Welcome to The Paw Print! In this new recurring feature, we’ll be highlighting the latest news affecting animals and animal-lovers around the country. Here are some of the top stories right now:
Purina® Under Fire: A lawsuit filed in California last week claims that Beneful®—one of Purina’s most popular dog food brands—is responsible for the death of thousands of dogs. The lawsuit claims that a specific ingredient called propylene glycol is the suspected cause of canine illness and death, though a spokesperson for Purina has called the suit “without merit.” Do you feed your pets Purina? Share your thoughts below!
Missing Dog Goes Viral: When a New York City woman’s pit bull mix, Sugar, went missing last week, she turned to the Internet for help. The hashtag #FindSugarNYC went viral as thousands of people shared the story. If you have any information about Sugar, call (917)-796-0171.
Duggar Clan Causes Outrage: The Duggar family—from the popular TV show 19 Kids and Counting—outraged animal-lovers this week when they published an Instagram video that appeared to show cruelty toward a cat. Derick Dillard, the husband of Jill Duggar, was sledding down a hill when he allegedly steered into the unsuspecting feline.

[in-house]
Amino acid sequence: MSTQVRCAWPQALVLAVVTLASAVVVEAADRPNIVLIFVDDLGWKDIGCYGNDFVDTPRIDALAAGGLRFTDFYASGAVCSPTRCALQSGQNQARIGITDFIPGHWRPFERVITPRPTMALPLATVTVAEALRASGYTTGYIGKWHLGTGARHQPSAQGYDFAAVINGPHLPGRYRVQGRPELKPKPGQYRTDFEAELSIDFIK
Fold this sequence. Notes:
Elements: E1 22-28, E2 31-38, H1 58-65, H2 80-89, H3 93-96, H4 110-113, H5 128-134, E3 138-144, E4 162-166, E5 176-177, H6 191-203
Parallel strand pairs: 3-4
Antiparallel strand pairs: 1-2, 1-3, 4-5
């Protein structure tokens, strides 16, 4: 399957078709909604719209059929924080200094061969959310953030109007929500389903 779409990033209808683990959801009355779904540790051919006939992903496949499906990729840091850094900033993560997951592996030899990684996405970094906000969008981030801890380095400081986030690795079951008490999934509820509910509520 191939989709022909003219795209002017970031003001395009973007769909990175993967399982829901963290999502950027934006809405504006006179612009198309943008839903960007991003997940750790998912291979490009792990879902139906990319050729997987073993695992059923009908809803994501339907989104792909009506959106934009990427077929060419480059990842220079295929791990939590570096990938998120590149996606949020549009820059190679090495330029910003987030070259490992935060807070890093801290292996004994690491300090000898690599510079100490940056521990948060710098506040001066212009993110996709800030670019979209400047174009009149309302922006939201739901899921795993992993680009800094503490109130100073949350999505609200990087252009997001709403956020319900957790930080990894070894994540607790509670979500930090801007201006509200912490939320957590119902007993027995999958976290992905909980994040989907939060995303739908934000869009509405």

Humane Pet Food Headed to US: Pet food brand Open Farm® has partnered with nonprofit Humane Farm Animal Care® to bring Certified Humane pet food to the U.S for the first time. To receive this certification, Open Farm will use only meat and poultry products in its pet foods that come from Certified Humane farms. Are humane practices something you factor into your own pet food purchases?
The Future of Zoos: A story published by Fast Company® delves into the future of zoos—with an emphasis placed on the wellbeing of the animals over the experience of visitors. Do you think it’s time for zoos to get a makeover?
Toefu was one of 76 dogs rescued from the home of a hoarder in Tennessee in 2010. The dogs were found living in horrific filth, with fumes of ammonia and animal waste strong enough to send one rescuer to the hospital. All of the dogs were desperate for freedom; Toefu was number 16.
After their rescue, the animals were taken to a local shelter where they were treated for a variety of issues. It was there that ASPCA Animal Behaviorist Kristen Collins first spotted Toefu. Likely inbred, Toefu had an underbite, extra toes, and had never before experienced life outside of the hoarder’s home. Kristin adopted her and spent the next year helping the sweet spaniel overcome a lifetime of anxiety, fear and neglect.
In 2013, Kristin and her dogs moved to Madison, New Jersey, where Kristin began overseeing the ASPCA Behavioral Rehabilitation Center—the first and only facility dedicated to the behavioral rehabilitation of canine victims of cruelty. It was there that Toefu discovered her true calling: helper dog.